In Italy the world’s oldest bank, Monte Paschi di Siena, is on state life-support. That is but the tip of an iceberg of Italian bank bad debts. Today in total Italy’s banks hold Italy’s banks hold €360 billion of bad loans or 20% of Italy’s GDP, which is double the total five years ago.
It gets worse. Italy is the fourth largest economy in the EU. Its economy is in dismal shape so bank bad loans grow. State debt is almost as high as that of Greece, at 135% of GDP. Now, since the 2013 Cyprus bank crisis, the EU has passed a stringent new bank “bail-in” law, largely under German pressure. It stipulates that in event of a new banking crisis, a taxpayer bailout is prohibited until bank bond-holders and, if necessary as in Cyprus, its bank depositors, first “bail-in” or take the loss. In Italy, most holders of bank bonds are ordinary Italian citizens, with some €200 billion worth, who were told bank bonds were a secure investment. No more.
German Austerity Medicine Killing Patient
A major problem is that the Eurozone economies have been forced to impose the wrong medicine to deal with the 2008 financial and economic crisis. The Eurozone crisis has been wrongly seen as states spending too wildly and labor costs rising too high. So, under again German pressure, the Eurozone countries in crisis such as Greece, have been forced to impose draconian austerity, slash pensions, cut wages. The result has been even worse economic recession and rising unemployment, rising bank bad loans. By 2015 Greece’s GDP had declined by more than 26%, Spain’s GDP by almost 6%, Portugal by 7%, and Italy’s GDP by almost 10% compared with 2008.
Austerity is never a solution to a state economic crisis. The example of the German economic crisis that erupted in 1931 in depression, unemployment and a banking crisis as a consequence of the severe austerity policies of Chancellor Heinrich Brüning ought to be clear enough to German authorities whose historical memory seems to have amnesia today.
Across the Eurozone more than 19 million workers are jobless. Greece, Italy, Portugal and Spain have a total of an unprecedented 11 million unemployed workers. In France and Italy unemployment is over 13% of the labor force. In Spain it is 20%, and in Greece a staggering 25%. This is all the state of economic affairs more than 8 years after the 2008 crisis. In short there has been no economic recovery in Euroland. Since 2009 the European Central Bank (ECB), the bank of the Euro, has made unprecedented moves to try to stabilize the banking crisis. They have only postponed not improved the situation.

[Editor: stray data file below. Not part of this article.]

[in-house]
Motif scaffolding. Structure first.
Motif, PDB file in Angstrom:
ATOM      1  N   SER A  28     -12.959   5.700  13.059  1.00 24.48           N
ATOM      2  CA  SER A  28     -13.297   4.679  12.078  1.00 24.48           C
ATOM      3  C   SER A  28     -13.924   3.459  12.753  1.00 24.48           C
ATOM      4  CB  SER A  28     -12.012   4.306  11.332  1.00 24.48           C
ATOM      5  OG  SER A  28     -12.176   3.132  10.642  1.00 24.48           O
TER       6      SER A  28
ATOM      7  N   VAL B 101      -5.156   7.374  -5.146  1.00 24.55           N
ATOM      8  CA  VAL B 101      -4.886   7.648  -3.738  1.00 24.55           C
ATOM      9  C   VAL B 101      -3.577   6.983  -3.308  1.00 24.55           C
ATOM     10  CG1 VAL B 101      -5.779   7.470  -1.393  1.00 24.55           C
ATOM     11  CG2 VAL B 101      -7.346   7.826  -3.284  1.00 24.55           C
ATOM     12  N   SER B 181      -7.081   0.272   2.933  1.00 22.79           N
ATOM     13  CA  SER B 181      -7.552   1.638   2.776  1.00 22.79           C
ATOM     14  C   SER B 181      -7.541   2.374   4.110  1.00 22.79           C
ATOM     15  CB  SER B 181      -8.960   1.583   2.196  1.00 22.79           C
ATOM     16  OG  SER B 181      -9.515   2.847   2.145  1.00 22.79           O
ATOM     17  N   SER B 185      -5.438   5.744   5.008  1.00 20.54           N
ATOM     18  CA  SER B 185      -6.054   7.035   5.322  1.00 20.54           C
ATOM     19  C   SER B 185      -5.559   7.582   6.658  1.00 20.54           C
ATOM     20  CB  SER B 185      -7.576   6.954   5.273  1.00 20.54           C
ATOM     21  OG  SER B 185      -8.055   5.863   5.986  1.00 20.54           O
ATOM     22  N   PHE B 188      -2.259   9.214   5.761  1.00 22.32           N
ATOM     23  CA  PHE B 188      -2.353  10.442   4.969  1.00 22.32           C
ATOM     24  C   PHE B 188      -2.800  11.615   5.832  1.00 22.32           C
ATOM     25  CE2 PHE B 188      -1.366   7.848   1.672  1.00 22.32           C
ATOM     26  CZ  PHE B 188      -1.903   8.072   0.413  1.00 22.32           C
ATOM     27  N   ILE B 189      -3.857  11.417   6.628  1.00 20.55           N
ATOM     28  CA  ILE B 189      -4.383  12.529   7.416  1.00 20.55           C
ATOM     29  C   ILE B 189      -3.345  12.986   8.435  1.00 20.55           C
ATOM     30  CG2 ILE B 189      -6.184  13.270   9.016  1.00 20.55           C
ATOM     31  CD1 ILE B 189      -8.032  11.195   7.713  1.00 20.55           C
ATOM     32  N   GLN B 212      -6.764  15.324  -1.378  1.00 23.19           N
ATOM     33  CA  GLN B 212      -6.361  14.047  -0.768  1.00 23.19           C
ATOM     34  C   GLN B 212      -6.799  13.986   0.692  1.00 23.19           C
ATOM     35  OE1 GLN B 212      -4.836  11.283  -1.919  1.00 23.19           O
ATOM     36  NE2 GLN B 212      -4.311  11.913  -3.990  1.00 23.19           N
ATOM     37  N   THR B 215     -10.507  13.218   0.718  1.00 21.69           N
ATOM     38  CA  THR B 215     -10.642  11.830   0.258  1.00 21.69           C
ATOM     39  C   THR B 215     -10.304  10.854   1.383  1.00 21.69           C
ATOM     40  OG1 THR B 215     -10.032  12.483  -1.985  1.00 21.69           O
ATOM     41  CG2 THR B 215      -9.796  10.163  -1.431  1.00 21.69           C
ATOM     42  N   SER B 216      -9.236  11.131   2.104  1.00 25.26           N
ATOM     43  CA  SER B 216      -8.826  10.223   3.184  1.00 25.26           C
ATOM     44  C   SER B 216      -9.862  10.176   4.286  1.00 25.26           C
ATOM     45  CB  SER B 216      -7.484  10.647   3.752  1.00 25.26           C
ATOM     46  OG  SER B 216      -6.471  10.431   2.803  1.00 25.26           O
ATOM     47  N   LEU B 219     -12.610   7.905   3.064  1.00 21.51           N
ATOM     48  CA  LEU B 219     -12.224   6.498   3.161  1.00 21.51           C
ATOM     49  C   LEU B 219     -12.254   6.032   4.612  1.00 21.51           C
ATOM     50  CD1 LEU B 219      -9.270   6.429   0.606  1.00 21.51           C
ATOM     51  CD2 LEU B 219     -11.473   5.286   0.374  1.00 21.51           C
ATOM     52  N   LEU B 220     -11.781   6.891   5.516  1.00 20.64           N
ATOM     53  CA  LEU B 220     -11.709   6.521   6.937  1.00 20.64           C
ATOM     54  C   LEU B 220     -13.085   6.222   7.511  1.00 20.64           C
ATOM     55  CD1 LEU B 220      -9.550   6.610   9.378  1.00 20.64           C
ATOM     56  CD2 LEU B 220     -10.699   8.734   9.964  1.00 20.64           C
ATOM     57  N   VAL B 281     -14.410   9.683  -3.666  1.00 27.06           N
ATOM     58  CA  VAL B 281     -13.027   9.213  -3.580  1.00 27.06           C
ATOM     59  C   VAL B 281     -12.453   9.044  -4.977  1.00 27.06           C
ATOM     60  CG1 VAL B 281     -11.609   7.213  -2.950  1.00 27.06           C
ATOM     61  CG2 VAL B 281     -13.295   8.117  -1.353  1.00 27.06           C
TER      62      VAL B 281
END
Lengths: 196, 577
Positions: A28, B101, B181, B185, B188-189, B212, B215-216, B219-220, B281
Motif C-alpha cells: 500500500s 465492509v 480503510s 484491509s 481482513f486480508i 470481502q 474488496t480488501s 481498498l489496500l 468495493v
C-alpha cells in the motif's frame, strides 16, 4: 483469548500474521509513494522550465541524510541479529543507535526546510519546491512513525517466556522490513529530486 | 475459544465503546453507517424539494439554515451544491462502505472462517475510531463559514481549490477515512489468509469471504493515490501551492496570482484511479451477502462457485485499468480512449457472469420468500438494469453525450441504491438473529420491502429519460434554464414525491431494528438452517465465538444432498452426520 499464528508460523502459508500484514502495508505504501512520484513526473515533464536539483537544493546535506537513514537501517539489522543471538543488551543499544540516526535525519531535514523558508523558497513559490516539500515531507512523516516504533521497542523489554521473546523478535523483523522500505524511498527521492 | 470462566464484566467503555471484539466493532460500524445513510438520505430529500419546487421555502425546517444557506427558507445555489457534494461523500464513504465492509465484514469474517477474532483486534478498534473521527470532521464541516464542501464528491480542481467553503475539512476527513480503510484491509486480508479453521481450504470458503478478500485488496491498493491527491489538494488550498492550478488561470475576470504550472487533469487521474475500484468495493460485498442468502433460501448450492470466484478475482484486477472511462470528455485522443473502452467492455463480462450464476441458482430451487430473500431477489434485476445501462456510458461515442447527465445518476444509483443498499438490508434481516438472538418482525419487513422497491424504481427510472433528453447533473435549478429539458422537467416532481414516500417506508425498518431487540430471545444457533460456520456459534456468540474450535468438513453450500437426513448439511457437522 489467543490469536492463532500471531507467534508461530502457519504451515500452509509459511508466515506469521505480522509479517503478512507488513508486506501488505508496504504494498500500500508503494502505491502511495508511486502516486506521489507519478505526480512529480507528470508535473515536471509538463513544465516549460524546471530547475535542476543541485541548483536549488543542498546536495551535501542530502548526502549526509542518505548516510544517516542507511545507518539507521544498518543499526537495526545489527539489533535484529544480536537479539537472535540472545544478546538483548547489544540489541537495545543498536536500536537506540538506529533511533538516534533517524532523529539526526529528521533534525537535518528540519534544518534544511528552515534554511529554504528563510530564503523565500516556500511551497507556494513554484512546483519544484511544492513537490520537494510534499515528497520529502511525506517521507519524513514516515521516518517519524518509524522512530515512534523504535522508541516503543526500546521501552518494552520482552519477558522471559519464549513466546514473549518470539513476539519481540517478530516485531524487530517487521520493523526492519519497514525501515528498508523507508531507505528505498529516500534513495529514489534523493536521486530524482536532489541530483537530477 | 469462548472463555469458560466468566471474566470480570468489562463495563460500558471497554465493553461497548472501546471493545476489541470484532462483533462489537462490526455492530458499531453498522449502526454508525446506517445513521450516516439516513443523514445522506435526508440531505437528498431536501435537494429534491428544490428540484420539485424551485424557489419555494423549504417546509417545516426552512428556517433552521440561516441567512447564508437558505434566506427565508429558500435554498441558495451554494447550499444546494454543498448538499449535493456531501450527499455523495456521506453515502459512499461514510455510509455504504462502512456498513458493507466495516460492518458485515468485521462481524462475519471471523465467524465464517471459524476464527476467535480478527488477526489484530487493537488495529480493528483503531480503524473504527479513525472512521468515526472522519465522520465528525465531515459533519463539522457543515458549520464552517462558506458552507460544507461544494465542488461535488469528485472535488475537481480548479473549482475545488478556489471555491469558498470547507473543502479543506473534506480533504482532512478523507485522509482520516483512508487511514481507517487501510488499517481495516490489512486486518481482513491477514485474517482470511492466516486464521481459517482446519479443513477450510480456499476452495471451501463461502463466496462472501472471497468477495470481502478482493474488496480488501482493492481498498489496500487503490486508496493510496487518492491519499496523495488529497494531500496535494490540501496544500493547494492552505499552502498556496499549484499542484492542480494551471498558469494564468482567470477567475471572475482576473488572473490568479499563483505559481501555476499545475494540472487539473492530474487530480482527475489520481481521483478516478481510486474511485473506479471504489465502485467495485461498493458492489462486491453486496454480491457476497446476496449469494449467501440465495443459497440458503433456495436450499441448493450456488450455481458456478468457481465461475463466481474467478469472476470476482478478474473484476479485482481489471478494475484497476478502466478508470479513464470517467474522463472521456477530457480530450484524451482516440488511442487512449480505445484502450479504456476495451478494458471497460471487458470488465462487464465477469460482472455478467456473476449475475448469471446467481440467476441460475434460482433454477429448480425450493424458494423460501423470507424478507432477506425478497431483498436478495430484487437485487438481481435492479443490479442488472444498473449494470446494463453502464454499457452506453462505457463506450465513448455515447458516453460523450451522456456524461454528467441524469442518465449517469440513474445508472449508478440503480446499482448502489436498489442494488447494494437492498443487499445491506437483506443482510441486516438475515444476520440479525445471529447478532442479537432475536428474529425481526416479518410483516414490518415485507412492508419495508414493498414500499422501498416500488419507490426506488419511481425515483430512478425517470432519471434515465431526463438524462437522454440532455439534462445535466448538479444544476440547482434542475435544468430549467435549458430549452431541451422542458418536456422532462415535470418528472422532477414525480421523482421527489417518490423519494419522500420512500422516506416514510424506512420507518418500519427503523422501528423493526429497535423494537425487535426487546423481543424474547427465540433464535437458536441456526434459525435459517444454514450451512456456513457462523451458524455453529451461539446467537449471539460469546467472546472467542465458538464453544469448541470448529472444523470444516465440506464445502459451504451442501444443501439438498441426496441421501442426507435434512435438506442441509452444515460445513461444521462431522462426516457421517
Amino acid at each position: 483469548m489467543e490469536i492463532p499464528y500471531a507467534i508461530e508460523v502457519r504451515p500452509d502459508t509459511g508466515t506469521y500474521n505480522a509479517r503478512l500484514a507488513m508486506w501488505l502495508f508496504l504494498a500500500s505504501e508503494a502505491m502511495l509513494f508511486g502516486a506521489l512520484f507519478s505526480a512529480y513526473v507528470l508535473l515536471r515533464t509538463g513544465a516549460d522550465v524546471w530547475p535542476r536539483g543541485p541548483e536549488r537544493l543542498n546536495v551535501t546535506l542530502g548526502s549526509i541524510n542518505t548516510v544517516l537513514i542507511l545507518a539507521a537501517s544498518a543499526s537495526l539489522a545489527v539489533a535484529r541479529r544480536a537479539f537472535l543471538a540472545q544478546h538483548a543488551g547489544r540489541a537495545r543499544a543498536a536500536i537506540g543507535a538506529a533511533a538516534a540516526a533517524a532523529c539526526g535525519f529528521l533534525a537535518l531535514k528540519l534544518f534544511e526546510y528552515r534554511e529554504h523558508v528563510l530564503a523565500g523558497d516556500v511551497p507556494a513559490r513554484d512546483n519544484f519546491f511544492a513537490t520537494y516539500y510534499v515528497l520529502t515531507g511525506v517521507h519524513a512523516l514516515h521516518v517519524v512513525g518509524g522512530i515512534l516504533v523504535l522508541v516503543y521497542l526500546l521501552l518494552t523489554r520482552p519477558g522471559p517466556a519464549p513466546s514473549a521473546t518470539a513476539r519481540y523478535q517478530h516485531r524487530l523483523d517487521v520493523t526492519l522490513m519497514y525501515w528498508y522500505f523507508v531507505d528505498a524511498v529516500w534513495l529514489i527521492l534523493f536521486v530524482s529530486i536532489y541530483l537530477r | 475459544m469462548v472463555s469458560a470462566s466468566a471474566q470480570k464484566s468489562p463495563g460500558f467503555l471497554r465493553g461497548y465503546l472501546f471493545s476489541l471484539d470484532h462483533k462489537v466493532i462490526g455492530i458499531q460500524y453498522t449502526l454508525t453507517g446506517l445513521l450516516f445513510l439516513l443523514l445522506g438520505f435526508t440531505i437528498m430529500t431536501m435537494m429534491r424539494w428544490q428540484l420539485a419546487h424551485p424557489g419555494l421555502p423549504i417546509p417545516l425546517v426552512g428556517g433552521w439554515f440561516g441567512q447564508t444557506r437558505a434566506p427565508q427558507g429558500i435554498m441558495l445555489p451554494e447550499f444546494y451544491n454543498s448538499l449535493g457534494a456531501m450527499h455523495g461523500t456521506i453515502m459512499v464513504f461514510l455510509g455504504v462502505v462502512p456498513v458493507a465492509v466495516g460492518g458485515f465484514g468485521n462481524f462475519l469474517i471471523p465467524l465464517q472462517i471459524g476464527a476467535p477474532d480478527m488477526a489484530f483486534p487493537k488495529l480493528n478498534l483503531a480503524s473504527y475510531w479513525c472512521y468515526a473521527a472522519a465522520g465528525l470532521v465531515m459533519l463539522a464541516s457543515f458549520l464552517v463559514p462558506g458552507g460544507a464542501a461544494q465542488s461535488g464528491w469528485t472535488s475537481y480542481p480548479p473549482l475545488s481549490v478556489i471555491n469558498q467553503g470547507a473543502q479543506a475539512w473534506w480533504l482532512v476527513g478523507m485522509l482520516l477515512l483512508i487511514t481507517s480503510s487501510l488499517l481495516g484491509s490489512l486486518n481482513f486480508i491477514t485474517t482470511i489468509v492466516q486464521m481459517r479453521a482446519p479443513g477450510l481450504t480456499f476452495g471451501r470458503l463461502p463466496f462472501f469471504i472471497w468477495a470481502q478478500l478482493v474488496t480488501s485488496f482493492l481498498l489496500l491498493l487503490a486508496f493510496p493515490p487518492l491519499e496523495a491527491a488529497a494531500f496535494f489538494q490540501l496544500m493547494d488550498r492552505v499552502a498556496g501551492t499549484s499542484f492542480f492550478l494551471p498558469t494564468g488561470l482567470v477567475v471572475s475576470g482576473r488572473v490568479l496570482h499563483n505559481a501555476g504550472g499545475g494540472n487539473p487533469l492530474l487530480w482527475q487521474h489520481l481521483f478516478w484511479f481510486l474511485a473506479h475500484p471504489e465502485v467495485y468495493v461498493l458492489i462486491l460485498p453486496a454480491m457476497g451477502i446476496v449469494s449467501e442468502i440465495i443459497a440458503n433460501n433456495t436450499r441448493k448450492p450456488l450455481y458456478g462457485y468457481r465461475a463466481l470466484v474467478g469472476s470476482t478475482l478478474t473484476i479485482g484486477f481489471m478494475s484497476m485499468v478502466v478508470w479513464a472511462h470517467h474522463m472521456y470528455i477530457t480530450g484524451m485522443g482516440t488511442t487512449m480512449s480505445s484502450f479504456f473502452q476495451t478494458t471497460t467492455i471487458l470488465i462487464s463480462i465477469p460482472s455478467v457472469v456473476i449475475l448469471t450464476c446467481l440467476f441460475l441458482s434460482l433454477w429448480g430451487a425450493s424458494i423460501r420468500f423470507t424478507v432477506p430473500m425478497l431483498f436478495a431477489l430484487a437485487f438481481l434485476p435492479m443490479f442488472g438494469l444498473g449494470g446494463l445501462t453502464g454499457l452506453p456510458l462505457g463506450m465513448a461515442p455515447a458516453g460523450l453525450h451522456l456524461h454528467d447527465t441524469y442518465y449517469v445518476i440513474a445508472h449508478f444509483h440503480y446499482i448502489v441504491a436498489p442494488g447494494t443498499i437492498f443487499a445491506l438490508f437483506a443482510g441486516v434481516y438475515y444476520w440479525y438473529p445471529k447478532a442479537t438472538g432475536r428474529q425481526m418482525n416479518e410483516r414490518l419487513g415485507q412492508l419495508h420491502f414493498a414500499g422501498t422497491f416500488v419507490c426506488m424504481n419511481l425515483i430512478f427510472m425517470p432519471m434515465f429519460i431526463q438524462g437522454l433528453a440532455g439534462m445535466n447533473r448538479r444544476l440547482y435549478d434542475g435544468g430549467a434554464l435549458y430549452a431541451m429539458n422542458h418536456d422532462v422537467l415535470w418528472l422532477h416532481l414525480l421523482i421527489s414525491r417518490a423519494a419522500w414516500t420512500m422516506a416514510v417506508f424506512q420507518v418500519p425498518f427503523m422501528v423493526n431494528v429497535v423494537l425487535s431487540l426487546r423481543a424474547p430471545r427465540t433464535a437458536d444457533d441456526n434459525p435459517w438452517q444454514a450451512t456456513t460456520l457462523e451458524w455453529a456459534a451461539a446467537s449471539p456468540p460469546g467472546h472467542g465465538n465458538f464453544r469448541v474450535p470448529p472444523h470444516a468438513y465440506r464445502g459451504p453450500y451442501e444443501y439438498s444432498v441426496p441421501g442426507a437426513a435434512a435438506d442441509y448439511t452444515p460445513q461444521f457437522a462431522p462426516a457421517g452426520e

Today as a result of ECB buying of mortgage bonds, corporate bonds, state bonds, and asset-backed securities, the ECB balance sheet is more than €1.5 trillion. The ECB, whose President is Italian Mario Draghi, has held interest rates in an unprecedented negative interest rates around -0.4% since June, 2014. The ECB has made clear that negative central bank interest rates will remain “for some time.” This is leading some to try to convince voters to go to a cashless society as India did last year with catastrophic consequences and as Sweden, not a Euro country, has largely done. If banks begin to charge their customers a fee for using customers’ deposits, an incredible thought for most, people would simply “take the money and run,” into gold or other safe assets, or cash.
The ECB negative interest rates are a sign of desperation to put it mildly. With interest rates on bonds across the Eurozone so low, many insurance companies are facing severe liquidity problems meeting their future obligations unless Eurozone interest rates return to more normal levels. Yet were the ECB to end its negative interest rate policy and its quantitative easing so-called, the debt crisis of many banks would explode from Greece to Italy to France to even Germany.
A Coming Currency War?
So, to put it gently, the Eurozone is a ticking debt time bomb ready to blow at the slightest new shock or crisis. We may well see that shock in the next two years, once Britain has completed its exit from the EU. Already the new Administration of Donald Trump in Washington has signaled a potential launch of currency war against the Euro. On January 31, US Trade Czar Peter Navarro accused Germany of using a “grossly undervalued euro to exploit” the US and Germany’s EU partners. Navarro went on to call Germany, the core of the Eurozone economies, a de facto “currency manipulator.” Navarro has stated, “While the euro freely floats in international currency markets, this system deflates the German currency from where it would be if the German Deutschmark were still in existence.”